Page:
And it’s really none of our business to try to count up how big that difference is. God knows what He is doing, and He doesn’t need us to tell Him He isn’t doing a good enough job employing our gifts and talents and abilities in this world. (Oh. My. Toes. Did that hurt anyone else???)

I feel slightly exposed writing this all out. Because obviously I wouldn’t be writing it if part of me didn’t want to be famous. If part of me didn’t want a place at one of “those” tables. If part of me didn’t want to matter in the way the world says we need to matter. But I don’t think I am the only one who has ever wrestled with this.

So, sweet invisible feeling sister out there, I just want you to know this:

You matter.

No matter what table you sit at. 

I have foolishly thought for far too long that to make a difference for His kingdom I had to make it “big”. That I had to have a booming blog with a massive following. I thought in terms of numbers. But God reminded me that He doesn’t think like I do (Isaiah 55:8-9). And His math is nothing like my math. (He would leave the 99 for the 1. Not exactly “make you popular” math. And He can take food meant to only feed one and feed thousands. Unbelievable multiplying math.)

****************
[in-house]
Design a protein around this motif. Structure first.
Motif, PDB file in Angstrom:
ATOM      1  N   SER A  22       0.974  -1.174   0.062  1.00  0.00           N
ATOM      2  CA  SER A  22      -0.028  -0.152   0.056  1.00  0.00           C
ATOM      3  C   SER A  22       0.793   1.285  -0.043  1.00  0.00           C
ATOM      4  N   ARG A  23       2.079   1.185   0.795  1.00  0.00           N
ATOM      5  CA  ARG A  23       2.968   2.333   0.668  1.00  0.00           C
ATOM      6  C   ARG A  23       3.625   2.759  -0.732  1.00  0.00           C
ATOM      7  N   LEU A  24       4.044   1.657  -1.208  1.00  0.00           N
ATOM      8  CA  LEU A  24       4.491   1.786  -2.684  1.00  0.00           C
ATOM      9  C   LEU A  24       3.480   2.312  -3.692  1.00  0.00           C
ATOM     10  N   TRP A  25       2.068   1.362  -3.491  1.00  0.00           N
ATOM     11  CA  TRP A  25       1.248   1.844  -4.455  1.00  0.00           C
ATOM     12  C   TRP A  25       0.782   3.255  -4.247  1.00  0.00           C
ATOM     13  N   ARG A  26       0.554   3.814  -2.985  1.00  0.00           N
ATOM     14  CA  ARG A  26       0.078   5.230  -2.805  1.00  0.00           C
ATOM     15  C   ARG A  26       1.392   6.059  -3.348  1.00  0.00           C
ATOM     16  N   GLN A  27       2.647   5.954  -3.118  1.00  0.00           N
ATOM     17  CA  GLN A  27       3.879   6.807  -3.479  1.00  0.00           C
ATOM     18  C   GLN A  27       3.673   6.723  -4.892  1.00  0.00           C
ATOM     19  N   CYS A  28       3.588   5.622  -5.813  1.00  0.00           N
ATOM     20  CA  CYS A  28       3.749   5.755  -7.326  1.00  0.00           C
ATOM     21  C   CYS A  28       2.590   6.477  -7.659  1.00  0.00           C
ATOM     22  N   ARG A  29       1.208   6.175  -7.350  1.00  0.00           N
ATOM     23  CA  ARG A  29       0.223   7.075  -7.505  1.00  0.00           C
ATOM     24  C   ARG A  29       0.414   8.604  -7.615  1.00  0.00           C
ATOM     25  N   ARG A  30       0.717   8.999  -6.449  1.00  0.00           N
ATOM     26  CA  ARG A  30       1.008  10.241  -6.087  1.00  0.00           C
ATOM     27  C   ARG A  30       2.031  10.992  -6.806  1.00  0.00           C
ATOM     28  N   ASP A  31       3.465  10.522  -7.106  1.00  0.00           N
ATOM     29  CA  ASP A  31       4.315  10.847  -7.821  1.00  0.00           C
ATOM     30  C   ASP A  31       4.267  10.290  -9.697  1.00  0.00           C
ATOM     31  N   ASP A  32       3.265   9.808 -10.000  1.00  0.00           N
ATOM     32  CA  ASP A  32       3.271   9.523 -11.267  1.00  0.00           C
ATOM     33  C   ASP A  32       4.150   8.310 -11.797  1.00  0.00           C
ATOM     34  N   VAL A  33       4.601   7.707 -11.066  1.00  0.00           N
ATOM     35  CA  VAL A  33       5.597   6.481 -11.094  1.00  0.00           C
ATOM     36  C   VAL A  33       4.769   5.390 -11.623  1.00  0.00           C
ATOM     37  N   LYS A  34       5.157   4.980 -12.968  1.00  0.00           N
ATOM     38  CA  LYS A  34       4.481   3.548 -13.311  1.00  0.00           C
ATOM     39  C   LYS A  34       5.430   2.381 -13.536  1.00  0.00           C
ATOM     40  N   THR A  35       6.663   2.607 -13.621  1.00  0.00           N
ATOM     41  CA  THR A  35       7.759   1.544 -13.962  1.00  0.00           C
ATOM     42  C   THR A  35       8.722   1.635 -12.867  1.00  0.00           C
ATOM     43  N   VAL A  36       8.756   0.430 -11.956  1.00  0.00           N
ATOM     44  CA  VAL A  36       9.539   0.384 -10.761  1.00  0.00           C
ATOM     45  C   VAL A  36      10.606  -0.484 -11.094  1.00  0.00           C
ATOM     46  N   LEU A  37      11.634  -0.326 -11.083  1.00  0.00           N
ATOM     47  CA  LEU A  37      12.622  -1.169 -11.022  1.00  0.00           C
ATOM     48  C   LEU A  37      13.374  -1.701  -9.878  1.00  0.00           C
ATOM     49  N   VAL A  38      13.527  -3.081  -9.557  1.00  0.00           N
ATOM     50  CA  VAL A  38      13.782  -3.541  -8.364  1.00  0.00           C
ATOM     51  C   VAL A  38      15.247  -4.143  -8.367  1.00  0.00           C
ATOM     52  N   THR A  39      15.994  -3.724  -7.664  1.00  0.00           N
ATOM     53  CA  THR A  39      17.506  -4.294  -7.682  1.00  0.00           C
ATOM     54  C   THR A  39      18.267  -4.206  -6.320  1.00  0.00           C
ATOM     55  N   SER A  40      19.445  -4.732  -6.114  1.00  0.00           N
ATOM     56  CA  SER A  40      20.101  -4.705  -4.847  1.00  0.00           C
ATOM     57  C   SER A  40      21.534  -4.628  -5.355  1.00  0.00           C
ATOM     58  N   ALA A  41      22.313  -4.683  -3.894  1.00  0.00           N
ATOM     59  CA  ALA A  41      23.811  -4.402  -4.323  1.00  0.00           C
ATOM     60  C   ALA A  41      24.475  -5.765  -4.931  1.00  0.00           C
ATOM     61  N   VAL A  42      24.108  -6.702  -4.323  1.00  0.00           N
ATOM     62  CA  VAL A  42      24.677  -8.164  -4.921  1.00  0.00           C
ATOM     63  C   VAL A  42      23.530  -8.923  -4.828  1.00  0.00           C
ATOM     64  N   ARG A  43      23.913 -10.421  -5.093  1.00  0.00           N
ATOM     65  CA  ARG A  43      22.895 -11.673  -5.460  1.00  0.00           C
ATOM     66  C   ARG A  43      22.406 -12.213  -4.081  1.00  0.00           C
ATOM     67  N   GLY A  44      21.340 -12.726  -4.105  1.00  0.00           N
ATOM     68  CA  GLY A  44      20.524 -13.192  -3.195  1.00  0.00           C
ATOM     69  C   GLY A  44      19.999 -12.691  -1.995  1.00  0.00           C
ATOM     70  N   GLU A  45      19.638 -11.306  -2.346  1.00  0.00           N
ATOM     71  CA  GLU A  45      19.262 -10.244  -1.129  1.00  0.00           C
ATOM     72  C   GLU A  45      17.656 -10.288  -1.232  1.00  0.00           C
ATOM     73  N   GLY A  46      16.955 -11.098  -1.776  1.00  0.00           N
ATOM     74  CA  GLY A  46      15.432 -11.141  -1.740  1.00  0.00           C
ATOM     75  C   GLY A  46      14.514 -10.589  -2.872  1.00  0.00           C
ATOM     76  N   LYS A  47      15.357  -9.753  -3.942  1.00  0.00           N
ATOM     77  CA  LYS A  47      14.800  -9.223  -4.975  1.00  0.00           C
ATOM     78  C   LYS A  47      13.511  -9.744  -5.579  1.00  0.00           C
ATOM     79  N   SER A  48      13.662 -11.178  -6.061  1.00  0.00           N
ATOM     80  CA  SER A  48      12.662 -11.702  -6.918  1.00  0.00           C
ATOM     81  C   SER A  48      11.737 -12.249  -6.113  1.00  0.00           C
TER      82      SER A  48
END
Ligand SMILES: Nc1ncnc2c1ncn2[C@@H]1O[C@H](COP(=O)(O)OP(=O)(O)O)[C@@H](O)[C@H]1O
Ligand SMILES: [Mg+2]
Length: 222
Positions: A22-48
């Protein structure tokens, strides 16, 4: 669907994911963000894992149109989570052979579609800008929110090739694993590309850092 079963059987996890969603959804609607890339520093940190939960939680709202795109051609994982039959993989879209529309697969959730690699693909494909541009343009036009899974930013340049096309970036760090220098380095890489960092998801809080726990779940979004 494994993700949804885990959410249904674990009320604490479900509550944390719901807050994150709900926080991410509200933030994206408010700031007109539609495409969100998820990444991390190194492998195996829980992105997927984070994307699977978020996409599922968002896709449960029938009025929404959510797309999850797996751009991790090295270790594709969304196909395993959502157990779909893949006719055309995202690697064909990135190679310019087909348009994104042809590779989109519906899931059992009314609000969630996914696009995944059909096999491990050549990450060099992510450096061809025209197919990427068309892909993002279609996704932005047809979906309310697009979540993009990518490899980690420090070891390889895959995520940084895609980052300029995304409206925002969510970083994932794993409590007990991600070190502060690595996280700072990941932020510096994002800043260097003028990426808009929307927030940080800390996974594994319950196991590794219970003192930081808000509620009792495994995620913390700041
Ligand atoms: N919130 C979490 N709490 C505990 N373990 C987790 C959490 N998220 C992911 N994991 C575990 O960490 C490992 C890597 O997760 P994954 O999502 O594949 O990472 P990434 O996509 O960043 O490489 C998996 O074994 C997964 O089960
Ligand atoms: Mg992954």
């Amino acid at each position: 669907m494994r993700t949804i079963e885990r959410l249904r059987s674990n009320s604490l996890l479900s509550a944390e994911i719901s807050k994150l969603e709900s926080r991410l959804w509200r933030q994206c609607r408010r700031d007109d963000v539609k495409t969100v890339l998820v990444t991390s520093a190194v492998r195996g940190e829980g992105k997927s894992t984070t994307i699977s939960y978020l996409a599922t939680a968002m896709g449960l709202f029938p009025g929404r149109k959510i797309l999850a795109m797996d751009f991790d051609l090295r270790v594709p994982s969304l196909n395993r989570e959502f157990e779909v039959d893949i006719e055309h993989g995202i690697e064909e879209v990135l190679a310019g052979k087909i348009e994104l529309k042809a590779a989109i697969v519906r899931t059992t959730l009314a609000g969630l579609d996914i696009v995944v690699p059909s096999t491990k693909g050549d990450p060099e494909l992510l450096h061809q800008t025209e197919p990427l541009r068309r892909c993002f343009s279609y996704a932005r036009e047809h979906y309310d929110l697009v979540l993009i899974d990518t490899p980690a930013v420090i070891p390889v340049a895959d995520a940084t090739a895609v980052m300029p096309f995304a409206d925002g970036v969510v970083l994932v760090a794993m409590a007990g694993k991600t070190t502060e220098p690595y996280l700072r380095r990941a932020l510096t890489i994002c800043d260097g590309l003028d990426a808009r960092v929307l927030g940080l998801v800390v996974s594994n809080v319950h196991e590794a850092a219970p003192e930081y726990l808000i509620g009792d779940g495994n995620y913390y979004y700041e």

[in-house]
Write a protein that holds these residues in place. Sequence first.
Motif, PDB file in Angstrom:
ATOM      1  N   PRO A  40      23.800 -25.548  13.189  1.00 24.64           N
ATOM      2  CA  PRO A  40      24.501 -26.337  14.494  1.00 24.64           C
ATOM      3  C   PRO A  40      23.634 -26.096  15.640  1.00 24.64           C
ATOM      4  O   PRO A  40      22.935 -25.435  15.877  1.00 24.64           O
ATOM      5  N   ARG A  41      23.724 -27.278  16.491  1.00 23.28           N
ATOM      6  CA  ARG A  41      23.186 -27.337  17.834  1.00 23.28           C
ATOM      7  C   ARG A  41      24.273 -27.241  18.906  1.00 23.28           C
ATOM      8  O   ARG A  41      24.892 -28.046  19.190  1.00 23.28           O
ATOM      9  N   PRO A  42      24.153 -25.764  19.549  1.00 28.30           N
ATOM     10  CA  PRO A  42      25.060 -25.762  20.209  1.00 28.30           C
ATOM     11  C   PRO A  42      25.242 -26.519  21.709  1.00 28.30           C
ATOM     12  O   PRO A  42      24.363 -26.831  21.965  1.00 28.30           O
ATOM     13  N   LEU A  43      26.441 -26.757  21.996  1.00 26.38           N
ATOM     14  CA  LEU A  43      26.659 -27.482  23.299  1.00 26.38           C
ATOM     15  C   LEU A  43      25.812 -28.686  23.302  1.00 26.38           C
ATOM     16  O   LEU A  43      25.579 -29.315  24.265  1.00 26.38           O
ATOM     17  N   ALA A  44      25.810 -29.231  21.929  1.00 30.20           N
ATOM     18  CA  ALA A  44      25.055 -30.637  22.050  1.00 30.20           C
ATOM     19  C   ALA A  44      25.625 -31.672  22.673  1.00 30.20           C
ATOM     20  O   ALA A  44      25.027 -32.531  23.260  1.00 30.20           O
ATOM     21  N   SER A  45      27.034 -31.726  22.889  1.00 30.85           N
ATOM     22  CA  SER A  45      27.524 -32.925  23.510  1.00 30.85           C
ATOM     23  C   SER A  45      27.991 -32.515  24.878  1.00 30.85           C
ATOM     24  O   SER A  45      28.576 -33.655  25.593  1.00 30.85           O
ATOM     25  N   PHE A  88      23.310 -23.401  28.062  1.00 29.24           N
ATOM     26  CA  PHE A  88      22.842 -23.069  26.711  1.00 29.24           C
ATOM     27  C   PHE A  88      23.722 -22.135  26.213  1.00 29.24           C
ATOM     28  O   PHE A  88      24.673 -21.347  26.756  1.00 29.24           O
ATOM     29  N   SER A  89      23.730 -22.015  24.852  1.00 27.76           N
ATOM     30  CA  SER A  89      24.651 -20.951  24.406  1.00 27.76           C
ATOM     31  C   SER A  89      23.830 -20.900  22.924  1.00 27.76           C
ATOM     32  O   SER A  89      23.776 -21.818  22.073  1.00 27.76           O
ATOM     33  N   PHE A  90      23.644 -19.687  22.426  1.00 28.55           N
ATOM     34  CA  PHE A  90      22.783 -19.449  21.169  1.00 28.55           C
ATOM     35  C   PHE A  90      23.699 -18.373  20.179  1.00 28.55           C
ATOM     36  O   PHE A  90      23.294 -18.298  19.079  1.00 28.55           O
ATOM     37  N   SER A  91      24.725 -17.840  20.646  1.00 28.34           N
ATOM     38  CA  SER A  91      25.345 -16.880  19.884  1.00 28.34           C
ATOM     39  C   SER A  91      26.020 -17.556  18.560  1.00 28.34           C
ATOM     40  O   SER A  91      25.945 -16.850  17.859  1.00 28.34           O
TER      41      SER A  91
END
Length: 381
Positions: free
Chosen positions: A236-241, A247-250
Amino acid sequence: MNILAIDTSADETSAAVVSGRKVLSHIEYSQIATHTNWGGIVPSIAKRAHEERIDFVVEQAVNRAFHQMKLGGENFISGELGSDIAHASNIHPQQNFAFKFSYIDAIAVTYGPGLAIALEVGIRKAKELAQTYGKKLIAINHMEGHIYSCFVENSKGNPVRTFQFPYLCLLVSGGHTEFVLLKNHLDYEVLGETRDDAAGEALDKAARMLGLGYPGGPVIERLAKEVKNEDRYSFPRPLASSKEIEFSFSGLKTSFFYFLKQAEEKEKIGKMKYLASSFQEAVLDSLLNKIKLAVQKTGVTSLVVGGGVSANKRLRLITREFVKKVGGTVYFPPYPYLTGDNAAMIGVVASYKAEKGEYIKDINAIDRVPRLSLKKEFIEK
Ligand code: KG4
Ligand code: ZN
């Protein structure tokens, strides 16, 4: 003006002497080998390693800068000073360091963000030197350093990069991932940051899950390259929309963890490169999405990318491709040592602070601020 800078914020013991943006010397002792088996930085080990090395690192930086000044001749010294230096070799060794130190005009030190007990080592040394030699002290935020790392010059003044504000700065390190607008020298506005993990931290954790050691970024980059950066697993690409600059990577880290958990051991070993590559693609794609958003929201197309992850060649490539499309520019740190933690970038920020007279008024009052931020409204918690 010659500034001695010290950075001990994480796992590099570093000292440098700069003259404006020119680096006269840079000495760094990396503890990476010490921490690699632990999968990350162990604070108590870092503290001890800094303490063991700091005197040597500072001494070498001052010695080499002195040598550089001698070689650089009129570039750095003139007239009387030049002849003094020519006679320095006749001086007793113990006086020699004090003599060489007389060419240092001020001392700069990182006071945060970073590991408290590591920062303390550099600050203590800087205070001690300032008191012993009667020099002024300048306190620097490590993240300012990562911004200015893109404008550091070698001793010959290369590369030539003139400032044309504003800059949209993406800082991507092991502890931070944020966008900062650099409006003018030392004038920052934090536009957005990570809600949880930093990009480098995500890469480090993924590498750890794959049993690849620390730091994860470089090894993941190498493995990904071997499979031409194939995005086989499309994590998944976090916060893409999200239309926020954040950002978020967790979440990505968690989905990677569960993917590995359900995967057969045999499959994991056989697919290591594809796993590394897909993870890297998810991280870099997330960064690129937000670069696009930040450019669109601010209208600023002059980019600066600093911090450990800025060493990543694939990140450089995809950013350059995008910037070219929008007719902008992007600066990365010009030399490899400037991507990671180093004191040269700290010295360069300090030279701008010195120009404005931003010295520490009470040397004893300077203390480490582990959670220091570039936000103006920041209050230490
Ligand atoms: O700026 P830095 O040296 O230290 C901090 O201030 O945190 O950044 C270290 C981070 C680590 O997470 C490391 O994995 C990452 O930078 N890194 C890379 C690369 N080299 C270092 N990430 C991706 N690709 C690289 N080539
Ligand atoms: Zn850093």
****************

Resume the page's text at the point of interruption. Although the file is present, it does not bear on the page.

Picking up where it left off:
I need to stop counting to see if I count.

I need to stop looking around at everyone else’s tables, pull up a seat and simply rest at His table.  

The table where I am always welcome.

The table where I get to feast on His presence and His Word and His love and His mercy and His grace. 

The table Jesus paid a high price for me to have a seat at (2 Corinthians 5:21).

The table where there is room for everyone but no room for egos (Ephesians 2:8-9).

We keep trying to get the world to tell us we matter, and all the while, there is a table set for us, daily waiting for us to come and feast on all that will truly satisfy. A table that declares we mattered enough to die for.